Ultimately coaches have the responsibility to ensure the kids are working safely.

What if pulling out stuff means all that's left is walk up and touch the bar and salute? Are the judges supposed to be out during warm-ups, at the particular meet where I had a concern, they were in the hospitality area until it was time to compete.
 

cbifoja

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That is a coaching issue. Parents should not be calling the shots about what level a gymnast competes. But there are sometimes good reasons to compete with lower SV or requirements. That should not be a safety issue. Rather that might be to remove a safety issue.

I don't disagree with you! Whether or not it was a safety issue, I tend to err on the side of caution. At the level these girls are, not being prepared can result in an injury (blowing out Achilles by not rotating all the way around on vault, missing your release and hitting the bar, ugly fall off the beam when you can't get that series). Of course, any gymnast can get hurt. Heck even preschoolers have that potential. But bigger skills mean bigger risks. But I'm sure I'm not telling you anything you don't already know. ;)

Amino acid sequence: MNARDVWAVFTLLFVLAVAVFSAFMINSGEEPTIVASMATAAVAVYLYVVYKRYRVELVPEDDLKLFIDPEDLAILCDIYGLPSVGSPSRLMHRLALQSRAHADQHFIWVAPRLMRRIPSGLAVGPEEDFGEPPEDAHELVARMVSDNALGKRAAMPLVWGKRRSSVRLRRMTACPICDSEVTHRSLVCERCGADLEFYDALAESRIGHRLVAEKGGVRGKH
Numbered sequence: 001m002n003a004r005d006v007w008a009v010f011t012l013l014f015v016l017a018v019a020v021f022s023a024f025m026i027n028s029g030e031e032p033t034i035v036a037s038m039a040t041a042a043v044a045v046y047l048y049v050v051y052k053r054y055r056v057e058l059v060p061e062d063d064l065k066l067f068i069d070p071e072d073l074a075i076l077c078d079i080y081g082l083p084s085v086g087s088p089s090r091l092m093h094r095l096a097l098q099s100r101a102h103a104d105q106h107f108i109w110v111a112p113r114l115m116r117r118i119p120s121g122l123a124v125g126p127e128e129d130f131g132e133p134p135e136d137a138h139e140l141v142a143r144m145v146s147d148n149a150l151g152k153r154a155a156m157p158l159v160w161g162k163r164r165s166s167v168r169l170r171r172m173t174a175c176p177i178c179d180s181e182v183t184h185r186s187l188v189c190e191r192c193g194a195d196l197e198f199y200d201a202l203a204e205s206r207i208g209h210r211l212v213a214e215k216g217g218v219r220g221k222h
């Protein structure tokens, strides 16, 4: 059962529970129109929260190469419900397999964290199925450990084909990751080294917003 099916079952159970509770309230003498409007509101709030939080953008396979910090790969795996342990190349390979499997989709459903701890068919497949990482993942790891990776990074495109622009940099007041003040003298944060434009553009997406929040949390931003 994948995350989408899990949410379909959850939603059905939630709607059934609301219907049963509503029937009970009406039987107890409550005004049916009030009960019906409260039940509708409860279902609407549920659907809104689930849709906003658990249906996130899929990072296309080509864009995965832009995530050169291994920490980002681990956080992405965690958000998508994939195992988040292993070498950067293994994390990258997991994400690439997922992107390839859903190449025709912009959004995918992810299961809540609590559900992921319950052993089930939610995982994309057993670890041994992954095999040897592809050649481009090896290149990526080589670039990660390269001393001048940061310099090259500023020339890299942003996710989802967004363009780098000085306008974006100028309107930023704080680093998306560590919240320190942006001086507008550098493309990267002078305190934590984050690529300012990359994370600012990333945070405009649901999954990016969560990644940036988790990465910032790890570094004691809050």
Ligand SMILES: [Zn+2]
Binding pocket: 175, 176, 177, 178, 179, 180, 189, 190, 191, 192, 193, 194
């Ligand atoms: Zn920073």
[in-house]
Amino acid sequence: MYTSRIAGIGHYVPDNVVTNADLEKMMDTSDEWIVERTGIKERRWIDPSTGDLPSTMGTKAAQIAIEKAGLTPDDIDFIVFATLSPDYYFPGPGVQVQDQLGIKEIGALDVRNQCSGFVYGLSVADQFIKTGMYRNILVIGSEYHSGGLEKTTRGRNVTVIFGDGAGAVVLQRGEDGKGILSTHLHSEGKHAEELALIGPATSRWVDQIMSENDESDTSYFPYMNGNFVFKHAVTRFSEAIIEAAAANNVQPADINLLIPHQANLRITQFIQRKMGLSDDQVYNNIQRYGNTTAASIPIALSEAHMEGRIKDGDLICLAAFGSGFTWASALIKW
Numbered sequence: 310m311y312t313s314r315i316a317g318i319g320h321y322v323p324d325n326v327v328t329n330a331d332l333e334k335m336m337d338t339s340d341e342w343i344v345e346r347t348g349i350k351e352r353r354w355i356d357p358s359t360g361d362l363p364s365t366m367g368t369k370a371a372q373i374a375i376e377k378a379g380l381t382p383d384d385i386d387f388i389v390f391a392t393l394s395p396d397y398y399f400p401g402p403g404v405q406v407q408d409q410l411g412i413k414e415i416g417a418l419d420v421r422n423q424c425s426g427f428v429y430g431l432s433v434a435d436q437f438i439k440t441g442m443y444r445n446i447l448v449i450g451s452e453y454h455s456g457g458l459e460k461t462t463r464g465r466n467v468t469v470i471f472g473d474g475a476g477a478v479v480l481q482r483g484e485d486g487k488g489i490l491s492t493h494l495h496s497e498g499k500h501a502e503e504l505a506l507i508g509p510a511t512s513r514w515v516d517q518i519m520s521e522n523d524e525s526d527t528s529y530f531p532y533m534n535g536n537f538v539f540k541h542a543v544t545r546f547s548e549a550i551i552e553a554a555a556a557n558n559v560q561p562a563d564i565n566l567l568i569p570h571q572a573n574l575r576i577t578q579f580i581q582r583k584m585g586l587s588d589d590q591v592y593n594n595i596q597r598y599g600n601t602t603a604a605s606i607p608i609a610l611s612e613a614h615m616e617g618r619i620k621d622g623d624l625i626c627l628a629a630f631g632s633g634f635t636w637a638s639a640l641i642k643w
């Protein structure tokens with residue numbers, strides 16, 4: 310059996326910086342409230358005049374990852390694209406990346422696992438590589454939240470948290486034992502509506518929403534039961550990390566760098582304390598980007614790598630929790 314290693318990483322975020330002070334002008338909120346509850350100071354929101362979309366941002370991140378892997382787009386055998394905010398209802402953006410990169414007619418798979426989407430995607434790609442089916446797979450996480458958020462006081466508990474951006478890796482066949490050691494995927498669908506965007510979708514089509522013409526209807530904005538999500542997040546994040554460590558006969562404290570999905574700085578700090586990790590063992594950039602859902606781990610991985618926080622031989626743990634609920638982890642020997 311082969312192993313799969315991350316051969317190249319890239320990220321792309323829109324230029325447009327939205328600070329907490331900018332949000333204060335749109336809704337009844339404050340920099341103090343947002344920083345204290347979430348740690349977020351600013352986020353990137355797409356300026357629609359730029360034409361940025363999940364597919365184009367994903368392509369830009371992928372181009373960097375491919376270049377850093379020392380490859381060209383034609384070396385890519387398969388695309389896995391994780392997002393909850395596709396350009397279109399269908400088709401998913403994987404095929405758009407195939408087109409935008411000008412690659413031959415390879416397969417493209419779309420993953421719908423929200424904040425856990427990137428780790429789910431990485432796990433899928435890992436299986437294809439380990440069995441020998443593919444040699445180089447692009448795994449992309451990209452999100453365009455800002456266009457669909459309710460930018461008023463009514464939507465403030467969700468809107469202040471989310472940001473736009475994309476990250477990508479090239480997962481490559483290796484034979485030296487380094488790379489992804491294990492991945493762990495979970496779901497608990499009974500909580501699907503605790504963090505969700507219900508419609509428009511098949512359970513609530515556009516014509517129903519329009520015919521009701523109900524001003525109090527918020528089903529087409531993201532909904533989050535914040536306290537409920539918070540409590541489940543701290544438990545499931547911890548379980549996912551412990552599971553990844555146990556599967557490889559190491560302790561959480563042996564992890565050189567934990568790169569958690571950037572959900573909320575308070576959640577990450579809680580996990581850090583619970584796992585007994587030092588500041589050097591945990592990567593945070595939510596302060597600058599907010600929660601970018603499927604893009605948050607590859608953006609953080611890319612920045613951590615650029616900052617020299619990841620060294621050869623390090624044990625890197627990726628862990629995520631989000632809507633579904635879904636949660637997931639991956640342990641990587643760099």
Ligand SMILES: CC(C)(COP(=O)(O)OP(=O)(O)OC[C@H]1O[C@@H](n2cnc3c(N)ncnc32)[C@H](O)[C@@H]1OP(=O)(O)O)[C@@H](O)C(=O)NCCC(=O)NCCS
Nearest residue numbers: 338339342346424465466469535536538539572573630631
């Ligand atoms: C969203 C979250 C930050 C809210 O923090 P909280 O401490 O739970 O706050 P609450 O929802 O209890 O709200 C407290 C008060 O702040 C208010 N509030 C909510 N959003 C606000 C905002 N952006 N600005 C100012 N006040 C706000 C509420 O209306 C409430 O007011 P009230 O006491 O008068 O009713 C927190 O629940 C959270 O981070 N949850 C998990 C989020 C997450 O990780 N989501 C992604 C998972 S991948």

Curious though...and I hope this isn't taking the thread off track...what are some good reason to compete without the minimal requirements?
 

ZJsMom

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In USAG, when the athlete signs the membership application, they agree to a statement that says something to the effect of "I will only perform skills in competition that I can execute safely."

I have heard of judges who watch something scary in warmups, talking to the coach to say "we don't want to see her throw that."

Of course, the coach has the primary responsibility being the one teaching the skill and knowing what the athlete can do.
 
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raenndrops

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At some meets, there is someone designated to view warm ups and if they see unsafe skills, they tell the coach to pull the skill or scratch the event - coaches choice. They do this at YMCA Nationals and some other meets.
 

ProudDad

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Parents should not be calling the shots about what level a gymnast competes.
Agree 100%, but I wonder how many gyms appease parents anway, just to keep the checks coming in... "they signed the waiver" mentality.

Curious though...and I hope this isn't taking the thread off track...what are some good reason to compete without the minimal requirements?

I think this is still right on point. This particular instance the athlete had passable skills on other events despite lower SV, but this event was tough to watch. Kip with barely any glide turned into a muscle over, cast well below horizontal into a clear... flat back. Getting back on first pullover fell, second made it... squat on one foot at a time... one hand on low while reaching for high and so on. A++ for effort...